"We pay for him."
Translation:Nosotros pagamos por él.
Before you can choose between por and para you need to know what aisle of the Spanish supermarket you're on.
These are the only five confusing aisles, the ones that contain both por and para:
- Purpose (para) vs. Reason (por)
- Normal recipient (para) vs. Favor recipient (por) <= in your sentence, you're doing him a favor
- Moment in time (para) vs. Amount of time (por)
- Destination (para) vs. Route (por)
- Opinion (para) vs. Indifference (por)
If you're not in any of these five aisles (or if you are, but para doesn't fit), use por.
I go deep into the usage of por and para in this post: http://itsnachotime.com/blog/por-para
I would really like to call foul on this exercise sentence.
Translate the following:
We pay for him.
Given, Duo has a history of presenting peculiar exercise sentences to tested our grasp of and reinforce our knowledge of a concept.
However, this sentence is in a different class. This meaning of the sentence in the root language is already ambiguous.
How can we tell if Dou is playing it straight or not?
In the case of, "Yo soy un pingüino.", there is no need for context. Granted, "I am a penguin" is an odd thing to say. However, with knowledge of vocabulary alone we can manage this translation.
This is not true for, "We pay for him.", because the word "for" is ambiguous in this case. Why must the first party we pay for him? Could it be that he is a puppy and he is not being given away for free? Or could it be that he is a cheap skate who just happen to have conviently left his wallet home, again?
Without context we are left to guess the por/para preposition or purposefully enter a wrong answer in order to discover Duo's intended meaning of the root sentence.
However, this still does not serve as a teaching moment because of the inherently problematic nature of the whole por/para conundrum.
Now that the answer is revealed we see that Duo's intended translation is "Pagamos POR él."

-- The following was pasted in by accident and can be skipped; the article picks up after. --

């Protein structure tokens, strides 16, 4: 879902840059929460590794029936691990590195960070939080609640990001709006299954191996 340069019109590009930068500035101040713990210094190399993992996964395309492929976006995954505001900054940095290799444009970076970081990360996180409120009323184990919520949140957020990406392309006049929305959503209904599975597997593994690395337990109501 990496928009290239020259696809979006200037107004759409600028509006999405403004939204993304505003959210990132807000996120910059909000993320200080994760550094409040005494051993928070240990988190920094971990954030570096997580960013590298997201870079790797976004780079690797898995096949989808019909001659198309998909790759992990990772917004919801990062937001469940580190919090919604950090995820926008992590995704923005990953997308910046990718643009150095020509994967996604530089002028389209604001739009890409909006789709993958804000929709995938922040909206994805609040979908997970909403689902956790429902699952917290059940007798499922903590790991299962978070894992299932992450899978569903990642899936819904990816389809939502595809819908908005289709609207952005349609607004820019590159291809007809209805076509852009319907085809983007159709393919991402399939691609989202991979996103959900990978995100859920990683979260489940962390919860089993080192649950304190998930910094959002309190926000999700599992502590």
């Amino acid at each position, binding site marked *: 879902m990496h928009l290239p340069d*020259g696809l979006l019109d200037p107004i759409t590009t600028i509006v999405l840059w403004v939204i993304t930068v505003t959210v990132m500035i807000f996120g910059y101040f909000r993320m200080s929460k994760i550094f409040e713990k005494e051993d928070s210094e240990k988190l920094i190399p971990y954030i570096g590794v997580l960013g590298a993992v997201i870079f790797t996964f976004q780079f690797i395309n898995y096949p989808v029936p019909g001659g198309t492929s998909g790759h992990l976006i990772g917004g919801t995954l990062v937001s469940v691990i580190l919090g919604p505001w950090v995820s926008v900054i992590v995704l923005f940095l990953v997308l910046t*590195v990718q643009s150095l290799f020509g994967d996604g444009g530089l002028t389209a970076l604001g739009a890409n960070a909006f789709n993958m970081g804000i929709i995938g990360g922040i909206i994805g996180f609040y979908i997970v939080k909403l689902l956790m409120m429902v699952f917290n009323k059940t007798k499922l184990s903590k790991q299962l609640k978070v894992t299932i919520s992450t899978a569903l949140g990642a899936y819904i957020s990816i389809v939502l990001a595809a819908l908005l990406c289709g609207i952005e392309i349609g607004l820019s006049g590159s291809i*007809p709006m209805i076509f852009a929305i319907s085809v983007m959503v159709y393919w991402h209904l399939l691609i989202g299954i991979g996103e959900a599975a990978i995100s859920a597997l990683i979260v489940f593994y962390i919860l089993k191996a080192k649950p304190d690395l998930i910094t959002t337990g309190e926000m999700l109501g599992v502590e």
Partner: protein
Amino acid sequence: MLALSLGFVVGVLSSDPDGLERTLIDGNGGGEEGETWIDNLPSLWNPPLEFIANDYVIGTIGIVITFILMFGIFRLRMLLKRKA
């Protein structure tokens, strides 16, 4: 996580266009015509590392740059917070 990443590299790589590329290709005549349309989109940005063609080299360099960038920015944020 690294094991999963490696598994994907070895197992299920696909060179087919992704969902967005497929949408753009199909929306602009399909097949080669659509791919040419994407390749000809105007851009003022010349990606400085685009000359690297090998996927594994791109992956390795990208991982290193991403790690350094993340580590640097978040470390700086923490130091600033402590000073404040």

Yet based on the information that I could synthesis from the following hyperlinked webpage, POR has many meanings. Which meaning of "POR" is intended?
Could it be the meaning of "por" pertaining to "exchange, including sale" or "por" pertaining to, "on behalf of"? This leads directly back to the same dilemma that we faced in the root language. Did the first party pay a third party because they were purchasing the second party? Or was the first party exchanging money with a third party in order cover a sales transaction that the second party couldn't or wouldn't pay themselves?
In fact the more I think about it, I can't see how Duo could cover the scope of "por" and "para". We will probably have to use the web to a great extent in order to achieve any degree of mastery over these two preposition which are somehow simultaneously bold yet subtle, versatile and distinct.
I guess the training wheels are off now.
We really need to have the syntax explanations back in the lesson sections. I'm finding, with the new look and format, that I have to access outside resources to understand the syntax, much like others in this thread. Not to mention, I'm seeing more words and syntax like this BEFORE I learn it in the lesson sections. Not a good way to learn the language, just very frustrating.